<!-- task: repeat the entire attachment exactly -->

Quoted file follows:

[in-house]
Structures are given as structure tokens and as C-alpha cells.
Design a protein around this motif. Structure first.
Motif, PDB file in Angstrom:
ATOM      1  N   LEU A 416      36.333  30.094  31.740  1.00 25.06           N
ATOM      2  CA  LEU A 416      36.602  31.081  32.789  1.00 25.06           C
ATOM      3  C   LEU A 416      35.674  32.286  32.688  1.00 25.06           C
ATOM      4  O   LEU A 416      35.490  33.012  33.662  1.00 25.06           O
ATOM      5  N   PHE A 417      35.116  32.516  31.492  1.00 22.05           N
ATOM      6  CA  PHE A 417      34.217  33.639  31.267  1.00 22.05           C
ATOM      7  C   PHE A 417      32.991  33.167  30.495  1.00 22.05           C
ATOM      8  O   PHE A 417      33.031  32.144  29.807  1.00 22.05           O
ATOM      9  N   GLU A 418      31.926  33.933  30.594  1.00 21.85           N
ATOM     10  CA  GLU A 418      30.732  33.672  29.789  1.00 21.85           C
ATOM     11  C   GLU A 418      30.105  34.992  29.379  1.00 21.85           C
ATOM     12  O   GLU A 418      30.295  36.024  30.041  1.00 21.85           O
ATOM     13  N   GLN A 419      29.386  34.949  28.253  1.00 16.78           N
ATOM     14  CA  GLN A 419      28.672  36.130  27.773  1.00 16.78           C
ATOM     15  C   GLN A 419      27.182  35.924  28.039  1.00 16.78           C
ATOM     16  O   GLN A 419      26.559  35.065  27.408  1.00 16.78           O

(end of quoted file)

[in-house]
Structures are given as structure tokens and as C-alpha cells.
Design a protein around this motif. Structure first.
Motif, PDB file in Angstrom:
ATOM      1  N   LEU A 416      36.333  30.094  31.740  1.00 25.06           N
ATOM      2  CA  LEU A 416      36.602  31.081  32.789  1.00 25.06           C
ATOM      3  C   LEU A 416      35.674  32.286  32.688  1.00 25.06           C
ATOM      4  O   LEU A 416      35.490  33.012  33.662  1.00 25.06           O
ATOM      5  N   PHE A 417      35.116  32.516  31.492  1.00 22.05           N
ATOM      6  CA  PHE A 417      34.217  33.639  31.267  1.00 22.05           C
ATOM      7  C   PHE A 417      32.991  33.167  30.495  1.00 22.05           C
ATOM      8  O   PHE A 417      33.031  32.144  29.807  1.00 22.05           O
ATOM      9  N   GLU A 418      31.926  33.933  30.594  1.00 21.85           N
ATOM     10  CA  GLU A 418      30.732  33.672  29.789  1.00 21.85           C
ATOM     11  C   GLU A 418      30.105  34.992  29.379  1.00 21.85           C
ATOM     12  O   GLU A 418      30.295  36.024  30.041  1.00 21.85           O
ATOM     13  N   GLN A 419      29.386  34.949  28.253  1.00 16.78           N
ATOM     14  CA  GLN A 419      28.672  36.130  27.773  1.00 16.78           C
ATOM     15  C   GLN A 419      27.182  35.924  28.039  1.00 16.78           C
ATOM     16  O   GLN A 419      26.559  35.065  27.408  1.00 16.78           O